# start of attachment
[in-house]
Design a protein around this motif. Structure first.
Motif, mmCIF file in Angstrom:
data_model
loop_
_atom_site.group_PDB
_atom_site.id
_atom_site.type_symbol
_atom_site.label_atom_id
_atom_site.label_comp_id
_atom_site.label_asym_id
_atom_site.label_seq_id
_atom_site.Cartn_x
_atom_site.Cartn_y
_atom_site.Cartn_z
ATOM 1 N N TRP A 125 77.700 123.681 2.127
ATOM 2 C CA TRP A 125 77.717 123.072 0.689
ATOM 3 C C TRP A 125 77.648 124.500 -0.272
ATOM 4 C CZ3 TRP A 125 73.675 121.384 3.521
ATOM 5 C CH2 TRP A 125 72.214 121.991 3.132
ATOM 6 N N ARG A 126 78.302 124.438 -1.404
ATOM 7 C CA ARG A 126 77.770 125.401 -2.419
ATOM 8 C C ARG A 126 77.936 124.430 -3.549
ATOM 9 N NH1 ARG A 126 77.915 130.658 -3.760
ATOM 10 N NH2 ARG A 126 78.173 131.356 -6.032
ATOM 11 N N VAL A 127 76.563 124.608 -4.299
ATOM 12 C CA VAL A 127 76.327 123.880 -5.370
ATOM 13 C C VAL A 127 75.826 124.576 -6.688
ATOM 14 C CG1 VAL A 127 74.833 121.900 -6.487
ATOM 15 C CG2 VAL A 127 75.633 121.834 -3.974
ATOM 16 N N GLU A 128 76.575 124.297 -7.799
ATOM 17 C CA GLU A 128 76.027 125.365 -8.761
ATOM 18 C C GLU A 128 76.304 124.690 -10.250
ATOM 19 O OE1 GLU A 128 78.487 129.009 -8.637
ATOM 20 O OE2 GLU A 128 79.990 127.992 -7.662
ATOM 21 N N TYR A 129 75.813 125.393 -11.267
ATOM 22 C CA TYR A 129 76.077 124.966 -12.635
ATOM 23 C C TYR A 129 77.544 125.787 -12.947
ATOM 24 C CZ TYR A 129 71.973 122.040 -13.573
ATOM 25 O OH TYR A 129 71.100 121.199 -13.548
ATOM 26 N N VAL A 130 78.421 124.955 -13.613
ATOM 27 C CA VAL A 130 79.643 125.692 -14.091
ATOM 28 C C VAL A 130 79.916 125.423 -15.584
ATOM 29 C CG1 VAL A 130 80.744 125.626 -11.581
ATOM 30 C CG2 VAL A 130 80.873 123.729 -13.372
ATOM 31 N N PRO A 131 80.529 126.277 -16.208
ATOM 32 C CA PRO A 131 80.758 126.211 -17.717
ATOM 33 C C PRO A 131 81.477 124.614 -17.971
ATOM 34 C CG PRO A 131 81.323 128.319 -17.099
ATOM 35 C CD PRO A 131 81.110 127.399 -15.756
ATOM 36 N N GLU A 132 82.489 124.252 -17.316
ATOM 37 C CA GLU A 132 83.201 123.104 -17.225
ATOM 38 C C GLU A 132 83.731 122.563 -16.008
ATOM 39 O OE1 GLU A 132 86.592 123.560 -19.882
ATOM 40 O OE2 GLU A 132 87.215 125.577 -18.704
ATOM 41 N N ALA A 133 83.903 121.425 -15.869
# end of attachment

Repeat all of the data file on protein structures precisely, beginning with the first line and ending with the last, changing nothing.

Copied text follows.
[in-house]
Design a protein around this motif. Structure first.
Motif, mmCIF file in Angstrom:
data_model
loop_
_atom_site.group_PDB
_atom_site.id
_atom_site.type_symbol
_atom_site.label_atom_id
_atom_site.label_comp_id
_atom_site.label_asym_id
_atom_site.label_seq_id
_atom_site.Cartn_x
_atom_site.Cartn_y
_atom_site.Cartn_z
ATOM 1 N N TRP A 125 77.700 123.681 2.127
ATOM 2 C CA TRP A 125 77.717 123.072 0.689
ATOM 3 C C TRP A 125 77.648 124.500 -0.272
ATOM 4 C CZ3 TRP A 125 73.675 121.384 3.521
ATOM 5 C CH2 TRP A 125 72.214 121.991 3.132
ATOM 6 N N ARG A 126 78.302 124.438 -1.404
ATOM 7 C CA ARG A 126 77.770 125.401 -2.419
ATOM 8 C C ARG A 126 77.936 124.430 -3.549
ATOM 9 N NH1 ARG A 126 77.915 130.658 -3.760
ATOM 10 N NH2 ARG A 126 78.173 131.356 -6.032
ATOM 11 N N VAL A 127 76.563 124.608 -4.299
ATOM 12 C CA VAL A 127 76.327 123.880 -5.370
ATOM 13 C C VAL A 127 75.826 124.576 -6.688
ATOM 14 C CG1 VAL A 127 74.833 121.900 -6.487
ATOM 15 C CG2 VAL A 127 75.633 121.834 -3.974
ATOM 16 N N GLU A 128 76.575 124.297 -7.799
ATOM 17 C CA GLU A 128 76.027 125.365 -8.761
ATOM 18 C C GLU A 128 76.304 124.690 -10.250
ATOM 19 O OE1 GLU A 128 78.487 129.009 -8.637
ATOM 20 O OE2 GLU A 128 79.990 127.992 -7.662
ATOM 21 N N TYR A 129 75.813 125.393 -11.267
ATOM 22 C CA TYR A 129 76.077 124.966 -12.635
ATOM 23 C C TYR A 129 77.544 125.787 -12.947
ATOM 24 C CZ TYR A 129 71.973 122.040 -13.573
ATOM 25 O OH TYR A 129 71.100 121.199 -13.548
ATOM 26 N N VAL A 130 78.421 124.955 -13.613
ATOM 27 C CA VAL A 130 79.643 125.692 -14.091
ATOM 28 C C VAL A 130 79.916 125.423 -15.584
ATOM 29 C CG1 VAL A 130 80.744 125.626 -11.581
ATOM 30 C CG2 VAL A 130 80.873 123.729 -13.372
ATOM 31 N N PRO A 131 80.529 126.277 -16.208
ATOM 32 C CA PRO A 131 80.758 126.211 -17.717
ATOM 33 C C PRO A 131 81.477 124.614 -17.971
ATOM 34 C CG PRO A 131 81.323 128.319 -17.099
ATOM 35 C CD PRO A 131 81.110 127.399 -15.756
ATOM 36 N N GLU A 132 82.489 124.252 -17.316
ATOM 37 C CA GLU A 132 83.201 123.104 -17.225
ATOM 38 C C GLU A 132 83.731 122.563 -16.008
ATOM 39 O OE1 GLU A 132 86.592 123.560 -19.882
ATOM 40 O OE2 GLU A 132 87.215 125.577 -18.704
ATOM 41 N N ALA A 133 83.903 121.425 -15.869